The increasing collaboration between companies offers the involved groups several advantages, such as combined technologies as well as a wider and diversified portfolio of products to work with. Thus, it is an emerging trend in the veterinary antibiotics market. The collaborations also improve the quality of the antibiotics and the speed at which they are produced. One such example is that of Bayer AG, which entered a strategic collaboration in April 2019 with Adiva GmbH to develop therapeutic antibodies for veterinary medicine.
Veterinary antibiotics are used to fight against infections and diseases in animals that are caused due to bacteria. The industry includes companies that are involved in the production of antibiotics used for therapeutic and prophylaxis treatment of animals. The global veterinary antibiotics market was valued at about $2.54 billion in 2018 and is expected to grow to $2.95 billion at a rate of 3.8% through 2022, as shown in Fig. 1. North America is the largest region in the veterinary antibiotics market while Asia Pacific is forecasted to register the highest growth rate in the market during 2018-2023.
Fig. 1. Forecasted growth of global veterinary antibiotics market, seen at a rate of 3.8%.
The veterinary antibiotics market is driven by the increase in the number of animals affected by zoonotic diseases – infectious diseases caused by microscopic organisms, infections, and parasites that spread between animals and humans. Two of the most common zoonotic pathogens are salmonella and campylobacter, which if present in the intestines of these animals could result in disease – also posing as a threat to humans as the pathogens can be transferred through the food chain. Highest incidences of illness per 100,000 population in the USA are caused due to infectious diseases such as campylobacter, salmonella, and shigella. Therefore, along with the general care of the animals themselves, this gives additional urgency in the need to diagnose these diseases in animals at an early stage, which is a major driver of the veterinary antibiotics market.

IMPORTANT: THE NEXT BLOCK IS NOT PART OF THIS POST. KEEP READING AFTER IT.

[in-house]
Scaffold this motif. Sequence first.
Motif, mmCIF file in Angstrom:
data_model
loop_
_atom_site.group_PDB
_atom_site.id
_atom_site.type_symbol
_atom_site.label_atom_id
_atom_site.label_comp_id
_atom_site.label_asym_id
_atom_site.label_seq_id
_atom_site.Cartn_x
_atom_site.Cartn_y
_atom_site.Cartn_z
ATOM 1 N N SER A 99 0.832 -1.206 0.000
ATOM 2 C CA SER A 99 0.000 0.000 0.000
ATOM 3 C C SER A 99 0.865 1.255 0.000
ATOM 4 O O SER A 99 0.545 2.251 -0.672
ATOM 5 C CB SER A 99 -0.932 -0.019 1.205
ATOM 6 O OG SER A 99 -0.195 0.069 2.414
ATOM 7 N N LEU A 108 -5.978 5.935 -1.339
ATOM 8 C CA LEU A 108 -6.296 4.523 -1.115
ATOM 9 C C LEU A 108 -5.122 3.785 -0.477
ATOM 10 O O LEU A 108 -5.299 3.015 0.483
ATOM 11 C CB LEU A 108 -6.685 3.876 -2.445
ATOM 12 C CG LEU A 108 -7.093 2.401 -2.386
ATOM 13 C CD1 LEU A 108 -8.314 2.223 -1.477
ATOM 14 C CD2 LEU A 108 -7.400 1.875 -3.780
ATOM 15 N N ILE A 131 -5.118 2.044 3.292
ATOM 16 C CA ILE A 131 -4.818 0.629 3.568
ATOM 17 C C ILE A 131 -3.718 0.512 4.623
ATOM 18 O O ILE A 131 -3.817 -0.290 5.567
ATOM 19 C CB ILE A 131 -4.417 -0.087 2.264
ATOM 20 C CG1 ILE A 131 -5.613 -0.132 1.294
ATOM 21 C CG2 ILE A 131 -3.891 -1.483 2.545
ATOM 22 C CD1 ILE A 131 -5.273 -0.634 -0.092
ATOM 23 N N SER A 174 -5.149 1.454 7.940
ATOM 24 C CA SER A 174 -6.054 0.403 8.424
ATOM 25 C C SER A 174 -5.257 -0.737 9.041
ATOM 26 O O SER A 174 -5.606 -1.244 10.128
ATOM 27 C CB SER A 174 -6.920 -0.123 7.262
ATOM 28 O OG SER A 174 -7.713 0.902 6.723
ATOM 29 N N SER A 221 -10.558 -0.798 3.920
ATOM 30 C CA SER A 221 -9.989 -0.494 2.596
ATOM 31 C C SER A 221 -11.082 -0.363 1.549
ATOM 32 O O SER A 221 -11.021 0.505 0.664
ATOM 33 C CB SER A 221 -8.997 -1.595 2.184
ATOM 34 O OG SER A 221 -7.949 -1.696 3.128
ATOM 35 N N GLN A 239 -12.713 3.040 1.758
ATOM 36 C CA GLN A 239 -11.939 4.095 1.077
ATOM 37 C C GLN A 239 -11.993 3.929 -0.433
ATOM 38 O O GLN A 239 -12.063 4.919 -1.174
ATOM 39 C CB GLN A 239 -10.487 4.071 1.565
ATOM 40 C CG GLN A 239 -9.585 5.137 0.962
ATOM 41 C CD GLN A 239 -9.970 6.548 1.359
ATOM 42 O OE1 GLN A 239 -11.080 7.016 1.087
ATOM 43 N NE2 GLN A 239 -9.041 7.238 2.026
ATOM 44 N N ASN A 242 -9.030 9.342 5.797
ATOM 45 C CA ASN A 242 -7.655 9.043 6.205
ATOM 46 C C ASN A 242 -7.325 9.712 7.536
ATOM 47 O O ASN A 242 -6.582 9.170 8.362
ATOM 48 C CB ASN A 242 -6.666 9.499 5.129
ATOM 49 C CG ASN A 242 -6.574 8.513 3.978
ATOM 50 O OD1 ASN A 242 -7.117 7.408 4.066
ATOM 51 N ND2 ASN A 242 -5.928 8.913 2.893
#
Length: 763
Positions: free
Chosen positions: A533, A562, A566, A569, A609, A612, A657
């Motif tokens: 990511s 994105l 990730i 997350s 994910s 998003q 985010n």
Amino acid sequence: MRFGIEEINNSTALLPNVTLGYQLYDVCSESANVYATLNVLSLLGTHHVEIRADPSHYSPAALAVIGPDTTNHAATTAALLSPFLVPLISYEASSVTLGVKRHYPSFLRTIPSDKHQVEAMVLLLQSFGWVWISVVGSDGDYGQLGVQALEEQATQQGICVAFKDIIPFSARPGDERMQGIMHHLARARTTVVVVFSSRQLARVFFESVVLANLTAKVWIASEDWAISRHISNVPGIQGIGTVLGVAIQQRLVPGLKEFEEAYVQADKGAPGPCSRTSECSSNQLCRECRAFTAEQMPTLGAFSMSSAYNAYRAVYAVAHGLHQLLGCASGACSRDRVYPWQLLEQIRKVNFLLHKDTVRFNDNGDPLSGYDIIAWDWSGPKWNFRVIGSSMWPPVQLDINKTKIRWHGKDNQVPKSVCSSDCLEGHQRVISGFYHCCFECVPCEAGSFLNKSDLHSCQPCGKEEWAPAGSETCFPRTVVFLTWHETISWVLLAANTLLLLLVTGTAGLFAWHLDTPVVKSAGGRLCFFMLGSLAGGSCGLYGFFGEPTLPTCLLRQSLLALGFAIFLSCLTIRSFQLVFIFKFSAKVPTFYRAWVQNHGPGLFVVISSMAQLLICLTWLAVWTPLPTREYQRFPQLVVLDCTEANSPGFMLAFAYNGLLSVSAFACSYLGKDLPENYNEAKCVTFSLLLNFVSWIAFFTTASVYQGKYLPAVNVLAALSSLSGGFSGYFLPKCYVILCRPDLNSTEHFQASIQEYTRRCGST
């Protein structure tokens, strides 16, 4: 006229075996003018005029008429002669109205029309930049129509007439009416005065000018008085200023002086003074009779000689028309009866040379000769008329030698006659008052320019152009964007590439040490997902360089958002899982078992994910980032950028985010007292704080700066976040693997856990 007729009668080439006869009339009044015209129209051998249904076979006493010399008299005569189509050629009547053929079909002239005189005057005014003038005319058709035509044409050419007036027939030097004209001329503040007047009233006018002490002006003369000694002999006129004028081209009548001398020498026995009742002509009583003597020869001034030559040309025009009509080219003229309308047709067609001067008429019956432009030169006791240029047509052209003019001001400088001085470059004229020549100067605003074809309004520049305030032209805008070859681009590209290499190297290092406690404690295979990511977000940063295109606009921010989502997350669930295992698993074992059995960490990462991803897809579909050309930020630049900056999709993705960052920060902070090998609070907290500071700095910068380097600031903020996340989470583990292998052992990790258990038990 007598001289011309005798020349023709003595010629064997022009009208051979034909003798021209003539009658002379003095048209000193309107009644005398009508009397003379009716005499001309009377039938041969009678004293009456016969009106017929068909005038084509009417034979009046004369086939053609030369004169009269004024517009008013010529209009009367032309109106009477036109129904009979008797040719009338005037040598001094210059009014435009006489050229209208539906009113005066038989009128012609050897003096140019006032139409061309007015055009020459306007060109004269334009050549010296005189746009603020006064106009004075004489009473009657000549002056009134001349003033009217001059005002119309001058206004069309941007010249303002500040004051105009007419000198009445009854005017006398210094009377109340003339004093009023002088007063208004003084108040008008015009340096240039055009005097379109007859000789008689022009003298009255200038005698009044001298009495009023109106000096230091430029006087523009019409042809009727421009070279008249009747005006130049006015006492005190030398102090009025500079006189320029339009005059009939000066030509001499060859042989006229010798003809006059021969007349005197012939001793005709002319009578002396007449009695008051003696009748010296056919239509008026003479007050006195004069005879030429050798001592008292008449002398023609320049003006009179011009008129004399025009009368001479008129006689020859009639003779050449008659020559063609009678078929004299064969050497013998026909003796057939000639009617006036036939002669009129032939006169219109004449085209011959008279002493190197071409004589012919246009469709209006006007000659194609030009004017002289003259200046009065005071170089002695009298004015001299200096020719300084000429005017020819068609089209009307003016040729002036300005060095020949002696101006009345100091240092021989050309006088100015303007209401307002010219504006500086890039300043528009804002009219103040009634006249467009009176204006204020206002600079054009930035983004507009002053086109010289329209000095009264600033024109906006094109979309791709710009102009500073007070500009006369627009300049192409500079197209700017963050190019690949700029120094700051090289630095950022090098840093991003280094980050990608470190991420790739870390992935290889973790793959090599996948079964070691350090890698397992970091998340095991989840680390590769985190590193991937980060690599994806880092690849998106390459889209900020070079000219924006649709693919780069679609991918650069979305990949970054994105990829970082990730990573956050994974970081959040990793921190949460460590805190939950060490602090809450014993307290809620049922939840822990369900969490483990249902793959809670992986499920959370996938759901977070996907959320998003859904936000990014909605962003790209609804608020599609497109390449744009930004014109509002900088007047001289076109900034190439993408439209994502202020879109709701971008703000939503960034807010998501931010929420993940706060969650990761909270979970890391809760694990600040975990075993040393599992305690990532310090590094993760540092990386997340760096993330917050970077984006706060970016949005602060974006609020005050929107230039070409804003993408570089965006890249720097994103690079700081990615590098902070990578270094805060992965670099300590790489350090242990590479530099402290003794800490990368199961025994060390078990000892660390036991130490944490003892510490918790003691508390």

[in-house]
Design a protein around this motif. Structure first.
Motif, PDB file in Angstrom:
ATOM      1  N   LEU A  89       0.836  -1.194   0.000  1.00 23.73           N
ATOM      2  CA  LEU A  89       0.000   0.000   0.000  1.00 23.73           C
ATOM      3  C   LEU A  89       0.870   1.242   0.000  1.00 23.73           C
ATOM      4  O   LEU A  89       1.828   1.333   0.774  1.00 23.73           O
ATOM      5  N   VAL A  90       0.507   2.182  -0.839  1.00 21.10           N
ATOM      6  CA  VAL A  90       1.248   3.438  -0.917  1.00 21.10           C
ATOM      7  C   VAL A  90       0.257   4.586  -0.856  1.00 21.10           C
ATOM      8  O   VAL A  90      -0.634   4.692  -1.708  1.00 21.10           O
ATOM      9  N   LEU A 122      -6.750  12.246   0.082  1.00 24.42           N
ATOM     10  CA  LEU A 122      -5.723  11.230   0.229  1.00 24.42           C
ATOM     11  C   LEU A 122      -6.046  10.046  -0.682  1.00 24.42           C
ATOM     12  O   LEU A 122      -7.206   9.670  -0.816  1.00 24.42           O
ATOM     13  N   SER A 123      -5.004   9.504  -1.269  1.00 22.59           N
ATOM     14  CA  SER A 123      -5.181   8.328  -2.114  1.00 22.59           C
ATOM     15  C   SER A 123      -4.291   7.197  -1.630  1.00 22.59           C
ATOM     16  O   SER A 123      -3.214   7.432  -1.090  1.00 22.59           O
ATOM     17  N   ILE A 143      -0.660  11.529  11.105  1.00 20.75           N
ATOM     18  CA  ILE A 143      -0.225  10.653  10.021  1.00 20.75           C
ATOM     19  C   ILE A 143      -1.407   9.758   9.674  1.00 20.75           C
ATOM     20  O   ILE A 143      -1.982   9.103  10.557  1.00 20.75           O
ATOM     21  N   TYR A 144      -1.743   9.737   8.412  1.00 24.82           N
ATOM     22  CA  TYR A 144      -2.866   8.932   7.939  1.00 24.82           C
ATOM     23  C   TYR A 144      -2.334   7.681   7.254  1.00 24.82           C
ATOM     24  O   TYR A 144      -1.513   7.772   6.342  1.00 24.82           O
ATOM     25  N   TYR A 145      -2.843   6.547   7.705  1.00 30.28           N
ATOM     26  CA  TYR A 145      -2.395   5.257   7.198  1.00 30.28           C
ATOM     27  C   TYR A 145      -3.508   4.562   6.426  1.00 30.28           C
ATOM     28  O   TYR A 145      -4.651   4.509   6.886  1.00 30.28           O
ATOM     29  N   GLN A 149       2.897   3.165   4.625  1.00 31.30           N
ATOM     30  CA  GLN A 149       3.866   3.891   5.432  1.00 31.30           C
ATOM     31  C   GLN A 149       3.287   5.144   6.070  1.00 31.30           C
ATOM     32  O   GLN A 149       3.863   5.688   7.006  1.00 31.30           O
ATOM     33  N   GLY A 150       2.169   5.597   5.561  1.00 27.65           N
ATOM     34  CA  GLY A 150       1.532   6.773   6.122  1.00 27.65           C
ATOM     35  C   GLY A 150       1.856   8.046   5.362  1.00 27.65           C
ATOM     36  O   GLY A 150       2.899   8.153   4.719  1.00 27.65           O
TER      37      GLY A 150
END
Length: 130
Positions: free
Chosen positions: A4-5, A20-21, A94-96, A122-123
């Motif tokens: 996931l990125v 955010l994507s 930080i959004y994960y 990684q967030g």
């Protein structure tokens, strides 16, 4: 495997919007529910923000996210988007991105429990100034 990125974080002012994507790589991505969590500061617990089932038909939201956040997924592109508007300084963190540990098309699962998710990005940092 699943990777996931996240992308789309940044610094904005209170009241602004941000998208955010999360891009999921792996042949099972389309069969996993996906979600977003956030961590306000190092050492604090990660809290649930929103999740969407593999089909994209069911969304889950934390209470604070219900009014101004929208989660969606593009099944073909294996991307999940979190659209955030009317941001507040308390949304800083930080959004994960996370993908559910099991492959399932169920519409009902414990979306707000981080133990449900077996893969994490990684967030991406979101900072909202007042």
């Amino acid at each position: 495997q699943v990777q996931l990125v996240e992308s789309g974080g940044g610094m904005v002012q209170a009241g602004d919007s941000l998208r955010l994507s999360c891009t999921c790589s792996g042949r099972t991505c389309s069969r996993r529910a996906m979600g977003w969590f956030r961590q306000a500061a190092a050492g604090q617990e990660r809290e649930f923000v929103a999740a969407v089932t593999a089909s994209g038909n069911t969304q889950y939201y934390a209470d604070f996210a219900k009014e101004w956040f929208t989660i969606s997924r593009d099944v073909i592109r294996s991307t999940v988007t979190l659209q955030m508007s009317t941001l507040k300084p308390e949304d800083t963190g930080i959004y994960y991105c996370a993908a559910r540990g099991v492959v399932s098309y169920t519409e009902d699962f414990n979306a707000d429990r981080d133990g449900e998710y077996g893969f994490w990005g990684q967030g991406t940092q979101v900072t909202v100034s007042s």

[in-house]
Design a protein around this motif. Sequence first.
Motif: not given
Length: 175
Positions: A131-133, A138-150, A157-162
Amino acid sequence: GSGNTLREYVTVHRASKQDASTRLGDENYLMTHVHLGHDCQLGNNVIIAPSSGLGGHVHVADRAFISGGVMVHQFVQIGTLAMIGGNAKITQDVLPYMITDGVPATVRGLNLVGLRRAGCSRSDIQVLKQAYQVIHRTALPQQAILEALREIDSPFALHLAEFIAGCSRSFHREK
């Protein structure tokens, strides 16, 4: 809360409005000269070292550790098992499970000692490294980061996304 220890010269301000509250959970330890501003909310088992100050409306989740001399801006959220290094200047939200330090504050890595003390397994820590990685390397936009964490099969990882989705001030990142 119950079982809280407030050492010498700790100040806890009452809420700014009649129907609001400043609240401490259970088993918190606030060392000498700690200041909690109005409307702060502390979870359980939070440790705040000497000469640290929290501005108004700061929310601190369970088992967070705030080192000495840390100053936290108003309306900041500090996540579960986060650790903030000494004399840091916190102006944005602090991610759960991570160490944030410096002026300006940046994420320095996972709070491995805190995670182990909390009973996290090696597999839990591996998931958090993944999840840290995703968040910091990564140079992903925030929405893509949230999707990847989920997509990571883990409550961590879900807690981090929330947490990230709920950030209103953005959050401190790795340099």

While it is important to curb the spreading of such pathogens at the first opportunity, the rising threat of antibiotic resistance is a major restraint for the veterinary antibiotics market. Antibiotic resistance can be a result of using antibiotics more than the prescribed limit, as the microbe gains the ability to withstand the impact of an antibiotic that could once successfully treat against the same microbe. In this regard, the European Union (EU) has approved various restrictions on veterinary antibiotics, including the ban of antibiotics for animals and prohibiting the usage of antimicrobials in food. The veterinary antibiotics prescription drugs market is regulated by Section 503(f) of the Food, Drug and Cosmetic Act of FDA. According to this law, veterinary antibiotics drug labels are mandated to include a caution statement which states that these drugs can only be used with the permission of a licensed veterinarian. The sale and use of antibiotics prescription drugs without a prescription is usually reported to the FDA and strict action is taken based on it. Hence, regulations such as these would control veterinary antibiotics manufacturers and sellers.